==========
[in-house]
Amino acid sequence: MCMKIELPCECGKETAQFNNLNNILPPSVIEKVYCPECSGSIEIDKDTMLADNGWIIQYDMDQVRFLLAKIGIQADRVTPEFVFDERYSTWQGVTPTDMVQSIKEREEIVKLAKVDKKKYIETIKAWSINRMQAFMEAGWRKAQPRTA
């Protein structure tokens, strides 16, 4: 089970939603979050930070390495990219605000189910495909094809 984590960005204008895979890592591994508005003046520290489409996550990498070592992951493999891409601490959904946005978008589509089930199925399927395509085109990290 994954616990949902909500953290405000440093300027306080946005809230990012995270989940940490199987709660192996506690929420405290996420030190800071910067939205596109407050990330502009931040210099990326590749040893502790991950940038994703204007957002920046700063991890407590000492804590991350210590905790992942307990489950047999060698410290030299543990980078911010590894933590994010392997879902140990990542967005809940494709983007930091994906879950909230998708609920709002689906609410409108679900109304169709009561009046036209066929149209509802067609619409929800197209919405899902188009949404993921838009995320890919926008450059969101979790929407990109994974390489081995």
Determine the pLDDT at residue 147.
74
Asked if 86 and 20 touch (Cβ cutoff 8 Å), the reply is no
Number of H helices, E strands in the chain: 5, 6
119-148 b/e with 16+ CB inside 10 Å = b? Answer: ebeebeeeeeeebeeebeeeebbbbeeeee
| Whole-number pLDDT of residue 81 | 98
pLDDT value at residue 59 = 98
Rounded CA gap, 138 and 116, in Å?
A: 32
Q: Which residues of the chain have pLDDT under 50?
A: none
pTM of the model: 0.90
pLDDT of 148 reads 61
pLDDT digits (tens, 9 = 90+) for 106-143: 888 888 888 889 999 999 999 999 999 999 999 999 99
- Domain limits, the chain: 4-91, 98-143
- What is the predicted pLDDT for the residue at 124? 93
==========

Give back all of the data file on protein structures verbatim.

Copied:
[in-house]
Amino acid sequence: MCMKIELPCECGKETAQFNNLNNILPPSVIEKVYCPECSGSIEIDKDTMLADNGWIIQYDMDQVRFLLAKIGIQADRVTPEFVFDERYSTWQGVTPTDMVQSIKEREEIVKLAKVDKKKYIETIKAWSINRMQAFMEAGWRKAQPRTA
């Protein structure tokens, strides 16, 4: 089970939603979050930070390495990219605000189910495909094809 984590960005204008895979890592591994508005003046520290489409996550990498070592992951493999891409601490959904946005978008589509089930199925399927395509085109990290 994954616990949902909500953290405000440093300027306080946005809230990012995270989940940490199987709660192996506690929420405290996420030190800071910067939205596109407050990330502009931040210099990326590749040893502790991950940038994703204007957002920046700063991890407590000492804590991350210590905790992942307990489950047999060698410290030299543990980078911010590894933590994010392997879902140990990542967005809940494709983007930091994906879950909230998708609920709002689906609410409108679900109304169709009561009046036209066929149209509802067609619409929800197209919405899902188009949404993921838009995320890919926008450059969101979790929407990109994974390489081995």
Determine the pLDDT at residue 147.
74
Asked if 86 and 20 touch (Cβ cutoff 8 Å), the reply is no
Number of H helices, E strands in the chain: 5, 6
119-148 b/e with 16+ CB inside 10 Å = b? Answer: ebeebeeeeeeebeeebeeeebbbbeeeee
| Whole-number pLDDT of residue 81 | 98
pLDDT value at residue 59 = 98
Rounded CA gap, 138 and 116, in Å?
A: 32
Q: Which residues of the chain have pLDDT under 50?
A: none
pTM of the model: 0.90
pLDDT of 148 reads 61
pLDDT digits (tens, 9 = 90+) for 106-143: 888 888 888 889 999 999 999 999 999 999 999 999 99
- Domain limits, the chain: 4-91, 98-143
- What is the predicted pLDDT for the residue at 124? 93